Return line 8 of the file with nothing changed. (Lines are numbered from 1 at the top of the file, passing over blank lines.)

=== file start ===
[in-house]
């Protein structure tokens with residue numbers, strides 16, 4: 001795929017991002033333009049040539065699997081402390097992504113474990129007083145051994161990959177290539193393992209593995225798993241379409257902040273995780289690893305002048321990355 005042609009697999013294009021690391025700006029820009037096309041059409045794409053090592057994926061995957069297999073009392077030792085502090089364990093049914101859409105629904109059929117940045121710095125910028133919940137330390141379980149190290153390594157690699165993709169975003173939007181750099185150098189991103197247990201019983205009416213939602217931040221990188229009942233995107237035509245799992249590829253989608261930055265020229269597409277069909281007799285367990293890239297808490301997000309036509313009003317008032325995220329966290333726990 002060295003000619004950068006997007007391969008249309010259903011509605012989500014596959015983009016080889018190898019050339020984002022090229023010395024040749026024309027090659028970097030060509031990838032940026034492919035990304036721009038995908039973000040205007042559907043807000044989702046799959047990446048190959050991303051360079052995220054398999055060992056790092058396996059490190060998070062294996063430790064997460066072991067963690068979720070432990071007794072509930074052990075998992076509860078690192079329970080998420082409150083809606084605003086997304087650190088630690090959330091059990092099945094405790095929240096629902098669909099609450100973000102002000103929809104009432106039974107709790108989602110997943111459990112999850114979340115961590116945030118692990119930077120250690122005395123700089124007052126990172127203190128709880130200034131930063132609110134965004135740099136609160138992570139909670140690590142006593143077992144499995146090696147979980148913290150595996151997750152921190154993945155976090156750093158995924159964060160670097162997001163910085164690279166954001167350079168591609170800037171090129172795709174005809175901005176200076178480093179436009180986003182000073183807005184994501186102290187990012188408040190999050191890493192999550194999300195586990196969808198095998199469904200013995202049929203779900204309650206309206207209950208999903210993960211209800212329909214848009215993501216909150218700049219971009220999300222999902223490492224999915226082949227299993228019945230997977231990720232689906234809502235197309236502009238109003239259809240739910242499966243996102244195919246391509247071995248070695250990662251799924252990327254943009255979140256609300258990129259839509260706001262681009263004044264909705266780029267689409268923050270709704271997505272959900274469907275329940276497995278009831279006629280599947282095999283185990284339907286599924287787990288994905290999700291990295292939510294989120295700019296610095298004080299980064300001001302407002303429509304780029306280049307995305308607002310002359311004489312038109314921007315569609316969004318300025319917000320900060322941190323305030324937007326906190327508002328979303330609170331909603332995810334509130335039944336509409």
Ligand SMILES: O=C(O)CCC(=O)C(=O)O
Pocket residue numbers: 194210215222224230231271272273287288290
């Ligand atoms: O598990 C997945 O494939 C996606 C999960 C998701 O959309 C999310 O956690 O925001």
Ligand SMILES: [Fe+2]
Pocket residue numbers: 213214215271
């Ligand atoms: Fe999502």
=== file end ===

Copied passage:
């Ligand atoms: Fe999502």